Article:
Data Transparency Spearheads Global Media Rethink
In a recent interview with CMO.com ID Comms Chief Strategy Officer talks data transparency…
Wherever you go in digital marketing circles, it won’t take long for conversations to turn to the billions of dollars worth of global media agency deals all up for renewal at the same time. A couple of the world’s largest advertising groups seeking a new global media deal might be considered a coincidence, but several might well be considered a trend.
Tom Denford, Chief Strategy Officer of ID Comms, advises clients looking for the best global media deals. Last year he advised AB Inbev on reassigning its $1bn annual global media deal, and he is currently involved in Johnson & Johnson’s $2bn global media review. He has noticed two areas he believes marketers should be aware of when thinking about their relationship with their media agency, even if they are not part of the current trend to renegotiate deals.
The most important one is data. Since many global deals were signed three to five years ago, the typical CMO has come to learn they need to be a lot more involved in accessing and controlling the data that arises from campaigns. There is also the secondary issue that many have found some global deals extend into creative agency tie-ins which they can find restrictive.
“Data and transparency are probably the biggest issues in all of this because they underline how the agency and advertiser relationship is fundamentally different from how it was just a handful of years ago”
“The global media deals make a lot of sense because they give brands space for a lot less money. It’s why brands go to agencies in the first place,” Denford says. “The problem has been that they have often gone beyond media and encompassed data management, strategy and creative. So, my observation is a lot of CMOs have been annoyed that they’ve had to deal with creative agencies they wouldn’t normally want to work with.”
Advice For Today
His other main observation is that brands are concerned they can lose sight of the data their campaigns create, which they have come to realise can help target potential customers much more effectively in the past. Hence his advice is for brands to insist that a trading desk offers as much data transparency as possible to ensure they are getting all the insights learned through their campaigns and their rivals are not.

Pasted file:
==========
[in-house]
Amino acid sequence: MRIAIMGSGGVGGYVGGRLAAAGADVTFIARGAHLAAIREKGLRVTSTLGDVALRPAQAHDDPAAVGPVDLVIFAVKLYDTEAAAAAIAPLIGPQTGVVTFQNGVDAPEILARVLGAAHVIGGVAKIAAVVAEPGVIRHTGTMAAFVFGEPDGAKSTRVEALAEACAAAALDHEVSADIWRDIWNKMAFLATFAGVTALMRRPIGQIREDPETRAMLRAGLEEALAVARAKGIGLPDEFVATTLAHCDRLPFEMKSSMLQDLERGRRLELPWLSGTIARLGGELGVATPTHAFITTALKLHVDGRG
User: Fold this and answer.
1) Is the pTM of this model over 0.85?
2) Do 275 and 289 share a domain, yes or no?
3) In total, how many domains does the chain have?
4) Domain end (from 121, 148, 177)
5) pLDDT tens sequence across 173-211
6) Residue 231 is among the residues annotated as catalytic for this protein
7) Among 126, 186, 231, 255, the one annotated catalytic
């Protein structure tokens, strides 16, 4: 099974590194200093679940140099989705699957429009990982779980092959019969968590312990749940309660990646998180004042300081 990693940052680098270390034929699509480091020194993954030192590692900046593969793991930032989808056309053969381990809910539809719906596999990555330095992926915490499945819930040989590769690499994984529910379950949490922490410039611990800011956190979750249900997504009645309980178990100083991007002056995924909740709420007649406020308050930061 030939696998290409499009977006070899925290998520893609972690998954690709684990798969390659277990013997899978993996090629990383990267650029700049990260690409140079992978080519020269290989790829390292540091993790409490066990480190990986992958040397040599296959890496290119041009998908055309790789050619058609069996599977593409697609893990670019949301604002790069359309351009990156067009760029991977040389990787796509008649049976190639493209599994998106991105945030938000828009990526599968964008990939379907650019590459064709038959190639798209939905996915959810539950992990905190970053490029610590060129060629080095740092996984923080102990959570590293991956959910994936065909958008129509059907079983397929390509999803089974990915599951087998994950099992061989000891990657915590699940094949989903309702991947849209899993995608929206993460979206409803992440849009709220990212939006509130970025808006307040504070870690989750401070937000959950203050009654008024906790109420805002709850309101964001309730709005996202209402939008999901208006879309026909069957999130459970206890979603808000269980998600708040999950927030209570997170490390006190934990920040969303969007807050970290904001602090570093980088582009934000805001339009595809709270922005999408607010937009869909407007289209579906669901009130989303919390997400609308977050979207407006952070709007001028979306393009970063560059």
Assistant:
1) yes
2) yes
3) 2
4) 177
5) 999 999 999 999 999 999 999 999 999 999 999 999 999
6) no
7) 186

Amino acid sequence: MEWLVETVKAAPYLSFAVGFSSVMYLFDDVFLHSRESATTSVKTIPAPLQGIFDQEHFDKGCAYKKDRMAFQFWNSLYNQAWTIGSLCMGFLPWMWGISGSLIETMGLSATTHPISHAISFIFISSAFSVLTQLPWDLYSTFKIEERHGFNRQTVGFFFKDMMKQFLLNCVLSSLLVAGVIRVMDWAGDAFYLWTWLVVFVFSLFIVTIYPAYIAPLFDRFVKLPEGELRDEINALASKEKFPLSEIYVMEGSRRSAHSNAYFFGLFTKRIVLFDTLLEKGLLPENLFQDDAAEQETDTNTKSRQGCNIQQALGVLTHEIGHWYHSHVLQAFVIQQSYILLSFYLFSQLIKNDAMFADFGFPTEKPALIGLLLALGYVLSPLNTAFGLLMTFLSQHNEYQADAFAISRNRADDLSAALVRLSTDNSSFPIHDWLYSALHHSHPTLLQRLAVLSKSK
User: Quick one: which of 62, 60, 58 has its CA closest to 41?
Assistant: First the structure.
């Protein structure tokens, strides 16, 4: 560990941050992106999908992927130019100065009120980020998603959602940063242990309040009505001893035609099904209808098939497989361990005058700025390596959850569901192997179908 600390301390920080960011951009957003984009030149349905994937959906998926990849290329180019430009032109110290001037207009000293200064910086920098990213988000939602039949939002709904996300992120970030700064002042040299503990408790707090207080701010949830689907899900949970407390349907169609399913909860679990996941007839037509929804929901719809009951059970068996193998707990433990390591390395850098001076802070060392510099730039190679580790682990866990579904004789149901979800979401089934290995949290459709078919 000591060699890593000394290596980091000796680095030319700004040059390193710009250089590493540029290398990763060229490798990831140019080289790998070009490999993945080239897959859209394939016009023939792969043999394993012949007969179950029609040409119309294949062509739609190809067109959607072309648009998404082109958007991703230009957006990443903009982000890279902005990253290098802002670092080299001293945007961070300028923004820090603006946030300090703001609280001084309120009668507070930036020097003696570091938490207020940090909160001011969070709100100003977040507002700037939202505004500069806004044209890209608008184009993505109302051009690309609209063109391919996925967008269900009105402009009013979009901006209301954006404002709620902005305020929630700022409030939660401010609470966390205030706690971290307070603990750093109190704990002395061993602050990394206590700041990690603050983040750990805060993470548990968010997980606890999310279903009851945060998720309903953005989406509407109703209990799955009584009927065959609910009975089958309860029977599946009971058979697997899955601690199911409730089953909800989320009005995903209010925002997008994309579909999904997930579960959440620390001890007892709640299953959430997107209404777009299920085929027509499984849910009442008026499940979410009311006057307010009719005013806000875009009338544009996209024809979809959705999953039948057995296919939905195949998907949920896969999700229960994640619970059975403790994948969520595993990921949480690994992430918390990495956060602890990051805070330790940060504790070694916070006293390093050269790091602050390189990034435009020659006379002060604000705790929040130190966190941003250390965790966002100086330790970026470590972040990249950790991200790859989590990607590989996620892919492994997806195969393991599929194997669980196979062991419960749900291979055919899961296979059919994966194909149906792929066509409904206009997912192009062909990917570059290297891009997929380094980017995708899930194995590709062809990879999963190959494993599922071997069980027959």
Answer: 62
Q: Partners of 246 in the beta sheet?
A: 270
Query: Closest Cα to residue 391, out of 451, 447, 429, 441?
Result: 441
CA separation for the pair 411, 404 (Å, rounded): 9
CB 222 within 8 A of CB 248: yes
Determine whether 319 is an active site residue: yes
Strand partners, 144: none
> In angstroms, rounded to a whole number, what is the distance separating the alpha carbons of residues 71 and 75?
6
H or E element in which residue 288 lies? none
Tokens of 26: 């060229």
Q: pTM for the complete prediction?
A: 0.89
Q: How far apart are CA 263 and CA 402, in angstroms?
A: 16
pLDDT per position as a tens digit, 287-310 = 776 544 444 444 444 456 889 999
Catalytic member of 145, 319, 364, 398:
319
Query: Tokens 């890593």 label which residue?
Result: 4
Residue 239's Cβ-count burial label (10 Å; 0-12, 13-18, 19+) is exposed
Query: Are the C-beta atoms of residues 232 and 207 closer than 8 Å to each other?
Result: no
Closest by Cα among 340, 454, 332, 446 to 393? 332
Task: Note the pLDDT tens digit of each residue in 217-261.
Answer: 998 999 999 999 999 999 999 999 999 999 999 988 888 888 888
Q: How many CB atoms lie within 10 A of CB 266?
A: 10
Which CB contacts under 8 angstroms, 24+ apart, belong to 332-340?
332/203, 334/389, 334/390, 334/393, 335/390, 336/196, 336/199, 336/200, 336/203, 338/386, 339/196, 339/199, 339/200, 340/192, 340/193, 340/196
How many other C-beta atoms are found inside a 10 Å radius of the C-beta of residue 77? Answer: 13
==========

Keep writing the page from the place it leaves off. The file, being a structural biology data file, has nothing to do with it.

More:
“Data and transparency are probably the biggest issues in all of this because they underline how the agency and advertiser relationship is fundamentally different from how it was just a handful of years ago,” he says.
“Brands want to know they are getting back all the data they generate because it’s the oil of modern marketing. They also want to know if a trading desk will take the lessons their budget helped it learn and apply it to a rival. That’s why every CMO needs to be aware they should not just be asking for transparency but backing it up with data audits to ensure as much transparency as possible.”
From a holding company point of view, this year’s rush to re-think global deals has underlined one thing. Relationships between agencies and brands are changing and will eventually be unrecognisable from those we have today. That’s according to Ben Wood, Global President of digital agency iProspect (owned by Dentsu Aegis).
“A lot of good digital marketing people at brands are seeing they can sort out their creative and then plug in to a programmatic platform which feeds information back to their own data management platform,” Wood says.
“It’s playing a part right now, but I don’t think that is going to dominate this round of reviews. However, as programmatic becomes more prevalent it will mean brands are going to seriously ask what they need a media agency for. In the future I think media agencies will have to act a lot more like an Accenture or a Deloitte. Instead of selling their own services they’ll be expected to help brands build their own capabilities with some strategy and consulting thrown in.”
The big take-out, both Denford and Woods agree, is that CMOs need to be far more interested in the data media campaigns generate. The information needs to be made available exclusively to the brand which put up the money to discover it and should not be shared with rivals. The best way to do this is to insist on transparency backed up by media audits.
This way of working is soon going to become second nature, they both predict, as the mega-brands’ newly-renegotiated deals ensure that working in any other way will appear unthinkable.
This article was originally published on CMO.com on 5th October 2015